Christian fiction (CF) is a literature whose conflicts and characters centre around Biblical themes. God, sin, salvation, sacrifice, redemption, and service to others play a significant role in such literature. CF also includes fictionalized accounts of Biblical incidents, sometimes in biography format.
Christian fiction incorporates speculative fiction, historical fiction, mystery, western, romantic fiction, and various combinations of these--in short, nearly every fiction genre includes works with Christian themes. Modern Christian fiction is heavily weighted to historical romance, but this reflects trends in the broader marketplace.
As with "Christian" music, not all that is sold in Christian bookstores under this rubric is particularly Christian. Many popular authors confine their Christianity to vague spiritual references, a character who happens to be a pastor, some nondescript "God talk", visits to a church, and/or define it by the lack of explicit sex and violence. Specific mentions of the gospel are all but nonexistent in most such books, and their claim to be termed "Christian" seems tenuous. When they deal with other matters, it is frequently as the secular writer does--by reading today's issues of interest (such as feminism) into their historical context in a manner that probably casts their historical romances into the historical fantasy genre, along with such books as time-travel romance.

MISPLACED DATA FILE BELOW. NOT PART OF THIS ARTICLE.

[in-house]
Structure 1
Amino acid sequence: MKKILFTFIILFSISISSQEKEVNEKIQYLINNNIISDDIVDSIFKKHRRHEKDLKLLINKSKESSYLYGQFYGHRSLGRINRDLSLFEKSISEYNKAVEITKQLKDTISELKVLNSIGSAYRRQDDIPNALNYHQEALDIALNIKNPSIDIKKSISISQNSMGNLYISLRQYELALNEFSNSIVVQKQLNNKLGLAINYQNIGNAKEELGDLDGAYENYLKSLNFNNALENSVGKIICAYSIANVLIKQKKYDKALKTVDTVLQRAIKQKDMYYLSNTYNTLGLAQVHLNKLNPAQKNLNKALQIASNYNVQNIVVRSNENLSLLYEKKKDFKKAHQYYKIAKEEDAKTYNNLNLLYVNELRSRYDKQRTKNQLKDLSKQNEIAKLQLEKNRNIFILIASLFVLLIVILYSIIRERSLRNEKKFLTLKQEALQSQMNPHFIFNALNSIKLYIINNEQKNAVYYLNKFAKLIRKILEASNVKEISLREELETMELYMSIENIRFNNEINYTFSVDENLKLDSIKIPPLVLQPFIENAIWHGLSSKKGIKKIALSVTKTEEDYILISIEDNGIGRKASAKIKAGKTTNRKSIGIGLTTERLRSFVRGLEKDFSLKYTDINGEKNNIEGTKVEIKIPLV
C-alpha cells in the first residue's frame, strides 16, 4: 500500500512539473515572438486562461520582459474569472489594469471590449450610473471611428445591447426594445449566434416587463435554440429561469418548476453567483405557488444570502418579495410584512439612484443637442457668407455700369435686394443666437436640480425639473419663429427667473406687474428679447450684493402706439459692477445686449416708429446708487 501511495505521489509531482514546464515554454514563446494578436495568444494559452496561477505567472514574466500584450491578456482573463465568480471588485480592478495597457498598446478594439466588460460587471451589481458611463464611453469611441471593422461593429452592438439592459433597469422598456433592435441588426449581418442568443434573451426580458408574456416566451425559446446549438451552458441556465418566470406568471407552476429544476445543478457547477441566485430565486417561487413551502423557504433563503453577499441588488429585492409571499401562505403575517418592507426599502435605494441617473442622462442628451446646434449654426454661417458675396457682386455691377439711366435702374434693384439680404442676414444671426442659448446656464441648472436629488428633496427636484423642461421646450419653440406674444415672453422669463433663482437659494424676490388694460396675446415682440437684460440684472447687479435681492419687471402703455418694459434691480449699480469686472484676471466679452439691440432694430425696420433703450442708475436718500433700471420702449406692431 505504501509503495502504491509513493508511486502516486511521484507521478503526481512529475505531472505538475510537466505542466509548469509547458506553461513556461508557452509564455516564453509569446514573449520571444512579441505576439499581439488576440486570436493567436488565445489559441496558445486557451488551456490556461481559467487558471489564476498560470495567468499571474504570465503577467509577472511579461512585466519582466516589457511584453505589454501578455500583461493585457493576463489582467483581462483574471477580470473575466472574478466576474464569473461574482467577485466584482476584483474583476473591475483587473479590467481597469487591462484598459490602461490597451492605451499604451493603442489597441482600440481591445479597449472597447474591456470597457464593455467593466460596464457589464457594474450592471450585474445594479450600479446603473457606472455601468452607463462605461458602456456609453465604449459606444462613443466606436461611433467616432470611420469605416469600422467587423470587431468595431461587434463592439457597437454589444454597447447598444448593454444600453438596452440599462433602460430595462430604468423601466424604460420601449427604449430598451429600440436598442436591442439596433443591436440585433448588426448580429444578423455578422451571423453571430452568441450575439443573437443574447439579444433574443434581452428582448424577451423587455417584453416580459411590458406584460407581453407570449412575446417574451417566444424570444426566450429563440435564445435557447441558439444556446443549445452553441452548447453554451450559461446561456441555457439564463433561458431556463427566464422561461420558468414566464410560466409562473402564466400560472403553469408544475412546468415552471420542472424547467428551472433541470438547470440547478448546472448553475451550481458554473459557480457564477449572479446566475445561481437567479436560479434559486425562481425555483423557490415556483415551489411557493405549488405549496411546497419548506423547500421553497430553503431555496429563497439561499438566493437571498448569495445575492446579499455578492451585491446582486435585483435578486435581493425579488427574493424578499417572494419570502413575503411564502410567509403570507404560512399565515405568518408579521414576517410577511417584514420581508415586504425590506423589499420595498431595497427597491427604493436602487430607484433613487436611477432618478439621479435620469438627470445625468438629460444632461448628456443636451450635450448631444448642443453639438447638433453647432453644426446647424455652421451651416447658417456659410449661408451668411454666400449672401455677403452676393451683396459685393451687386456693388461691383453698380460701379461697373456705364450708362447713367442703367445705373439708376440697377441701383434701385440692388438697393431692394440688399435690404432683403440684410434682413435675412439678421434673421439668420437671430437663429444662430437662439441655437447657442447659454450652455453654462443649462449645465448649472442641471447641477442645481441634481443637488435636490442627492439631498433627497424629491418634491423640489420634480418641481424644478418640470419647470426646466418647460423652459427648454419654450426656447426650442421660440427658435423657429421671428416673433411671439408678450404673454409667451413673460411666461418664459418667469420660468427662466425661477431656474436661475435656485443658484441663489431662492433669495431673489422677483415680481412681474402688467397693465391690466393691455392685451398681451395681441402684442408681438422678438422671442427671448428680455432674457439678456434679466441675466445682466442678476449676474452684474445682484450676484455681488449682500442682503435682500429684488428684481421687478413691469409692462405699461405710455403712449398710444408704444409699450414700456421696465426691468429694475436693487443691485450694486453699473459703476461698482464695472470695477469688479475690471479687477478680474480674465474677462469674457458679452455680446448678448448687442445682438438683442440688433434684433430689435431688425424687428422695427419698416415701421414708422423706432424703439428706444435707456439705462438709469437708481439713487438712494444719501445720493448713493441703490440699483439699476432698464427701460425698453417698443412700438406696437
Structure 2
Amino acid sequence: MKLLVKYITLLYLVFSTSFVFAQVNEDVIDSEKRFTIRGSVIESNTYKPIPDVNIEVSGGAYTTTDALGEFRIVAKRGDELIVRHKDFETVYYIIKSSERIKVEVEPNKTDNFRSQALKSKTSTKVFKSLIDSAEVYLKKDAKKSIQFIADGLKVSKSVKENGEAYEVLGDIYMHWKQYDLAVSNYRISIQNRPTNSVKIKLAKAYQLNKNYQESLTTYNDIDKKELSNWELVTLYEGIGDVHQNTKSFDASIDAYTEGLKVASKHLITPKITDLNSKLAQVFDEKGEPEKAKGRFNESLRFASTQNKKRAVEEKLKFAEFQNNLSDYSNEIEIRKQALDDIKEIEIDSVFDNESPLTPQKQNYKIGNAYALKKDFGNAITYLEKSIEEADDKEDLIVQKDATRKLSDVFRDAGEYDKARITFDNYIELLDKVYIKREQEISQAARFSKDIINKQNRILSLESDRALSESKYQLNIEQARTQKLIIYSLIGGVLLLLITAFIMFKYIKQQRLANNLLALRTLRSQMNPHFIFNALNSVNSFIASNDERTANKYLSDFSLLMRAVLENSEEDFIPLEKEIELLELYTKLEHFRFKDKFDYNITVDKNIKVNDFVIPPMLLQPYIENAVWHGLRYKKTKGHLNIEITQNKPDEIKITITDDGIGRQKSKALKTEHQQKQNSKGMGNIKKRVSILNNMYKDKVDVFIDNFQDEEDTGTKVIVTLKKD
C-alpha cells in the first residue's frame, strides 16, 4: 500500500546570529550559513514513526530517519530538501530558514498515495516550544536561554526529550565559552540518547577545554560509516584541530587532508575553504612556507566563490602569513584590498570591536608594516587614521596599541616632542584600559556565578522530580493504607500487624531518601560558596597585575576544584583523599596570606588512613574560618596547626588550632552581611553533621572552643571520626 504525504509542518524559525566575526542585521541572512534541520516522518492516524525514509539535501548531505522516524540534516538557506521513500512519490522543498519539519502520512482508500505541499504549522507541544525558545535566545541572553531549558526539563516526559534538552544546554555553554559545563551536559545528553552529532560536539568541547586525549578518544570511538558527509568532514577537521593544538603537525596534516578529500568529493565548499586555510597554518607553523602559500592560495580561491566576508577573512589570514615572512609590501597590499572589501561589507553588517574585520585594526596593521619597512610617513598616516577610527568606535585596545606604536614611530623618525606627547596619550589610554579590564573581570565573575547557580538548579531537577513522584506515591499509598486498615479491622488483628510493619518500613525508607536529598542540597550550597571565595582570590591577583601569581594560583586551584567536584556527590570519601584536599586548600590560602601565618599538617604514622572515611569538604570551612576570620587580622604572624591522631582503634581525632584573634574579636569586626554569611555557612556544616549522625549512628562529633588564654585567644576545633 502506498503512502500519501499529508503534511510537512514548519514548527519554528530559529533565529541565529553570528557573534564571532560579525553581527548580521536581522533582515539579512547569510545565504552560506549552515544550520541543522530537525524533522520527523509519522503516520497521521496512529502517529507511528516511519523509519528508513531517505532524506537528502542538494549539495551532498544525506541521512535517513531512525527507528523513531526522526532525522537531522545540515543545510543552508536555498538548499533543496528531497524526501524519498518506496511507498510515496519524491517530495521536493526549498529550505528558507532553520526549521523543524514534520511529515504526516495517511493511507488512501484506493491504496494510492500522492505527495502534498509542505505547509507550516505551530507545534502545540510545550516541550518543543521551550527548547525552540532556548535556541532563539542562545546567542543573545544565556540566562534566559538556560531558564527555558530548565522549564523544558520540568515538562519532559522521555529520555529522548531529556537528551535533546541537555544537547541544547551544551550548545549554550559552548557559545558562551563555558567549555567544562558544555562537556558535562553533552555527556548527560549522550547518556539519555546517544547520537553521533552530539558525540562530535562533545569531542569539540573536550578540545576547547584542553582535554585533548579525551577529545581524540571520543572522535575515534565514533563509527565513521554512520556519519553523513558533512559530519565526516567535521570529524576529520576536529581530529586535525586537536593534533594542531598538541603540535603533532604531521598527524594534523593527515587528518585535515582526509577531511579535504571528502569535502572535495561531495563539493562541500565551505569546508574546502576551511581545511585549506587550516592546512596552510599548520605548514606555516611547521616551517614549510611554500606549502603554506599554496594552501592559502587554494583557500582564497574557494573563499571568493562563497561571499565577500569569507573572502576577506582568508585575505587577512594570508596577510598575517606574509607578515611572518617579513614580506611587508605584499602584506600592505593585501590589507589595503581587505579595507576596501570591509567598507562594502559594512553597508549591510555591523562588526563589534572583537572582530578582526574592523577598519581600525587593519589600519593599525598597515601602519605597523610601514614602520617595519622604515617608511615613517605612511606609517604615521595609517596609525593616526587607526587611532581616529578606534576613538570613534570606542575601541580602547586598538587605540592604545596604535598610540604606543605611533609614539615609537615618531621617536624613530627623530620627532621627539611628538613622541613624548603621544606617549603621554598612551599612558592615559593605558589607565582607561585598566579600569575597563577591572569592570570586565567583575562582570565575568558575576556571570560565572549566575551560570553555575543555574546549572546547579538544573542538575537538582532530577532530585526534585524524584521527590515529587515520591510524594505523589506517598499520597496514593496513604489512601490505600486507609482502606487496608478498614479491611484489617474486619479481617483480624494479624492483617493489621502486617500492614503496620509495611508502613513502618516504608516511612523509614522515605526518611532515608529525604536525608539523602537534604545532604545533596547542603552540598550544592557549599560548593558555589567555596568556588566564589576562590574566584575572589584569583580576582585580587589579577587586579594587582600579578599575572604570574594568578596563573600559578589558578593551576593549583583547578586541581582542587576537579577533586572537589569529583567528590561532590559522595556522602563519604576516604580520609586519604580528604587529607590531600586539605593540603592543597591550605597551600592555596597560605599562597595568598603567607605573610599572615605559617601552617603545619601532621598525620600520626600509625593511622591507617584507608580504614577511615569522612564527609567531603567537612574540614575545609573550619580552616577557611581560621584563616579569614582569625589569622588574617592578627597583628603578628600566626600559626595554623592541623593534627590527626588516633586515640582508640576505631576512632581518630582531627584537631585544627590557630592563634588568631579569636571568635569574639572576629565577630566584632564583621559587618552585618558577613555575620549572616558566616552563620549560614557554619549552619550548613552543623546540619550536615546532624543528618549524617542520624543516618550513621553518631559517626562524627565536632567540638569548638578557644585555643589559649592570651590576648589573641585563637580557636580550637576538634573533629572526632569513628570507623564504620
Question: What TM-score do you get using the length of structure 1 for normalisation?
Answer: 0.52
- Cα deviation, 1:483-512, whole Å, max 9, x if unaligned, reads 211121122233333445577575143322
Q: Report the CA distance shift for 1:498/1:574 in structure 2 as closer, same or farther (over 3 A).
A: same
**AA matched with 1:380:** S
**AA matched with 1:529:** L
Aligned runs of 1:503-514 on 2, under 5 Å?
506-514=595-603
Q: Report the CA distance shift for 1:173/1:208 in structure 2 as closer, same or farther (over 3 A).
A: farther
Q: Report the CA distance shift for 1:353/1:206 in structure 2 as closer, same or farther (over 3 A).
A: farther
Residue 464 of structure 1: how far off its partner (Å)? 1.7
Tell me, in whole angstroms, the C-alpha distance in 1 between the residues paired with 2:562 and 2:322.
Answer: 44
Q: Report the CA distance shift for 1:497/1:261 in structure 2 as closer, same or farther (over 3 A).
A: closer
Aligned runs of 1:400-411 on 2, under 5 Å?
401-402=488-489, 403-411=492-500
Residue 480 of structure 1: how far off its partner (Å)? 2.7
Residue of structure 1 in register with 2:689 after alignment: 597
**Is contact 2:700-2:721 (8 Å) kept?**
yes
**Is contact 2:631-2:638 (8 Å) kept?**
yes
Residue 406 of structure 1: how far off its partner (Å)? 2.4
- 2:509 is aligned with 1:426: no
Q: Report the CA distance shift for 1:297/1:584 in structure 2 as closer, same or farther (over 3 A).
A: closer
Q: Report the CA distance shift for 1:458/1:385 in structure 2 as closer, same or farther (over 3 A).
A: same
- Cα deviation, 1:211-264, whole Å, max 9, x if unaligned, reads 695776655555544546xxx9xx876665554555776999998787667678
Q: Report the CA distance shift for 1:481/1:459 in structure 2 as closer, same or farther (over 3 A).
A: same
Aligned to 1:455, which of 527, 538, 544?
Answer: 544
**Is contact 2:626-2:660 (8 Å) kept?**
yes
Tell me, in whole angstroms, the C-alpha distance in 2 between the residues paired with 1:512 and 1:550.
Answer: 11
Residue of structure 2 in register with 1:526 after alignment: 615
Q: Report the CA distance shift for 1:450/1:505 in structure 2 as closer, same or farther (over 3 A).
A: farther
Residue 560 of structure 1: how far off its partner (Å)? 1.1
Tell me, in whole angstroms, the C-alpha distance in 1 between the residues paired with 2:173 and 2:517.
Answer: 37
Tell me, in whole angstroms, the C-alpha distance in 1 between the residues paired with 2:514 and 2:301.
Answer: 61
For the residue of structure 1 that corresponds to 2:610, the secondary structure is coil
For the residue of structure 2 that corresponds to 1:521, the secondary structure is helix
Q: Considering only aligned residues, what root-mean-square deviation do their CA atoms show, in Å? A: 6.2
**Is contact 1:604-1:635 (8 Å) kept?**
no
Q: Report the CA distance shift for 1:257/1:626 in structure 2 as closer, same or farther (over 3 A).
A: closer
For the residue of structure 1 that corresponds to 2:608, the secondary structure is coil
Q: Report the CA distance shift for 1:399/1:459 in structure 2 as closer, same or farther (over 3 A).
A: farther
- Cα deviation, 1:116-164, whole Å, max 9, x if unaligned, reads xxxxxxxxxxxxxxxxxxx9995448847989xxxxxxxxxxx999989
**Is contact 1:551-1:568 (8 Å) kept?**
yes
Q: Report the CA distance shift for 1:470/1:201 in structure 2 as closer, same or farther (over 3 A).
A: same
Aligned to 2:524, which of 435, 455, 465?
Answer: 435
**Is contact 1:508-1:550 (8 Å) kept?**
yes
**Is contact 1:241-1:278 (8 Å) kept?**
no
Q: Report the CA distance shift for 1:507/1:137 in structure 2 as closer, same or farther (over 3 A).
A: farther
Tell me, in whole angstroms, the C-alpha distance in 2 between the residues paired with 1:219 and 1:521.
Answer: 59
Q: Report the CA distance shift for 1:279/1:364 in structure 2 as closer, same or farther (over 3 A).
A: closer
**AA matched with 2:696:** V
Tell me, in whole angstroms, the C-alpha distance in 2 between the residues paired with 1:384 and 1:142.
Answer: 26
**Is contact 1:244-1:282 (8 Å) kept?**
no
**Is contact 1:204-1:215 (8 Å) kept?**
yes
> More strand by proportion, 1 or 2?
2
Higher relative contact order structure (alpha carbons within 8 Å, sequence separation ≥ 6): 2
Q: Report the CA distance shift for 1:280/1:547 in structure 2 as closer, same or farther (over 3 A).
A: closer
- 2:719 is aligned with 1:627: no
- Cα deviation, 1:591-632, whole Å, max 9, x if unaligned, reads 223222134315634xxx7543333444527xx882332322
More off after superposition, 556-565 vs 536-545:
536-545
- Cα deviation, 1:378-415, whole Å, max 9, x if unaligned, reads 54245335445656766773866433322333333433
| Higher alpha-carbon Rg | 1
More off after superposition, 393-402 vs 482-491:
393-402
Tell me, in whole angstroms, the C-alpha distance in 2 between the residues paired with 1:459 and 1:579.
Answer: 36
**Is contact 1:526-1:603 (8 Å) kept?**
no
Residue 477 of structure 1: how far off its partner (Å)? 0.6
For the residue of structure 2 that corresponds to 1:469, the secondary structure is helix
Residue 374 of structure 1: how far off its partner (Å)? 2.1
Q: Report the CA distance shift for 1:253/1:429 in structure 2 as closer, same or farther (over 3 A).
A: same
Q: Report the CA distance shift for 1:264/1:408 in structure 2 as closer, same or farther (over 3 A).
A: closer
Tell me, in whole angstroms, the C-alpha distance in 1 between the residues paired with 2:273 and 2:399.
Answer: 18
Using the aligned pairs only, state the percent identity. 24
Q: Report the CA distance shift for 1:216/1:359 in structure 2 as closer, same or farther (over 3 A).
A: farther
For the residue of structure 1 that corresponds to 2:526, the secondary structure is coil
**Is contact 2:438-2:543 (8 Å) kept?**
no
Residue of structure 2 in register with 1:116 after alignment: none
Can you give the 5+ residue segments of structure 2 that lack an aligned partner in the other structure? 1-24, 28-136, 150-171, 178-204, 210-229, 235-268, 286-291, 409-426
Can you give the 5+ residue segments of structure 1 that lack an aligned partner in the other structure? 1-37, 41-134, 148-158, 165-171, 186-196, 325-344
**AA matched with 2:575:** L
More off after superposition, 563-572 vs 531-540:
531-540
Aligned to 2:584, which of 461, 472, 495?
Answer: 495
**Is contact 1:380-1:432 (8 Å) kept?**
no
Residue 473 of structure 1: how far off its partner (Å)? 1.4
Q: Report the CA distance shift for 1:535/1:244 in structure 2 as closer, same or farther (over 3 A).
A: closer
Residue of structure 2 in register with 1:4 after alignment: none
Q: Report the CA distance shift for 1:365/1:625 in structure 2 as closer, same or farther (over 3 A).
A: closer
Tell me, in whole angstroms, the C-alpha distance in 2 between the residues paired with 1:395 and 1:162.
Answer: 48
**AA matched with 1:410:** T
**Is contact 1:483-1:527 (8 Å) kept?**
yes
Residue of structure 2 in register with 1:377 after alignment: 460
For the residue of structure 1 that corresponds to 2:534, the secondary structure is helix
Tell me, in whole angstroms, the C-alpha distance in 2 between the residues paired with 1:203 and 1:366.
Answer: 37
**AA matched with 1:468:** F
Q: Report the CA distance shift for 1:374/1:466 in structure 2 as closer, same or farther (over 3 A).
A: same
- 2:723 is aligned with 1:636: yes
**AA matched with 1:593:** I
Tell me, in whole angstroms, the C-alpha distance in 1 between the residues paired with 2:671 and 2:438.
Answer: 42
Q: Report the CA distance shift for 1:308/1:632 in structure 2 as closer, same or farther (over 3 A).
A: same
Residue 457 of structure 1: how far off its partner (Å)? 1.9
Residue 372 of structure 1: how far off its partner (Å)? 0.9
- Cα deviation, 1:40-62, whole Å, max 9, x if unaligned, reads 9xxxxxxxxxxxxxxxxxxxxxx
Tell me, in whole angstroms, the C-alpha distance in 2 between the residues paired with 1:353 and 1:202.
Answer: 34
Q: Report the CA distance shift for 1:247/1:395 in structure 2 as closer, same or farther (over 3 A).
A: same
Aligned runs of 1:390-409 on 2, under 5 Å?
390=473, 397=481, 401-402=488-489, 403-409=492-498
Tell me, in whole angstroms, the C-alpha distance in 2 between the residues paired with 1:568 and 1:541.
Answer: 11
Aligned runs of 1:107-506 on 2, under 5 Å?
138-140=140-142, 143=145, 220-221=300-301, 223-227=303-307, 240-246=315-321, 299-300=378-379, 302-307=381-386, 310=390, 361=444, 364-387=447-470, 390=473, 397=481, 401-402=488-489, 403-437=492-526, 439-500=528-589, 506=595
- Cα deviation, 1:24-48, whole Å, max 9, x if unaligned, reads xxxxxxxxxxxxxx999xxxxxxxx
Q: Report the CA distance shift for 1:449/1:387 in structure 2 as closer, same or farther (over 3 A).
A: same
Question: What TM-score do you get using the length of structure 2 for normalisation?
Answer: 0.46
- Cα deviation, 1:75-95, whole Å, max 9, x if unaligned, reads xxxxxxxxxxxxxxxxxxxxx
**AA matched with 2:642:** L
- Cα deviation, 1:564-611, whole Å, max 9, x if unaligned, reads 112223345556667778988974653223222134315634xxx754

For its part, Christian speculative fiction (CSF) is mostly apocalyptic "end-times" literature, that is, fantasy. This genre takes the highly saymbolic and figurative events described in Daniel and Revelation, filters them through a specific eschatological theory, and attempts to actualize them in a fictional setting, often times with the goal of teaching the theory. LaHaye and Jenkins have been the most successful of these authors, selling millions of books in the "Left Behind" series. Prior to the advent of the year 2000, numerous writers made large sums forecasting assorted fictional apocalyptic events as a result of "Y2K", but with the added twist that this material was sold as non-fiction. Had they remembered that the "end-times" wrapup of the physical universe is on the Lord's timetable (not their own), and that Christ himself discouraged date setting in this connection, perhaps they would have shown more restraint. There has been no word from such authors and their publishers about refunding the money taken for these books.
In more modern times, other CSF themes have emerged. For example, Rick Sutcliffe's speculative fiction is written from a Christian point of view. It is set among several alternate worlds linked by a medium called the timestream, and involves the characters in ethical decision making. The key nexus or decision points that generate two alternate worlds where only one existed before are Biblical events, such as the crucifixion, which is known about on all the worlds, but took place on only one. Characters wrestle with sin, salvation, the problems of pain, evil, and war. Some are Christians, some are hardened sinners, others are ambiguous, at various levels of interest or maturity, or still on a spiritual journey. They learn and grow--some toward God, some away. Each book has at least one explicit Gospel presentation. For more information, click the Arjay Books link to the right.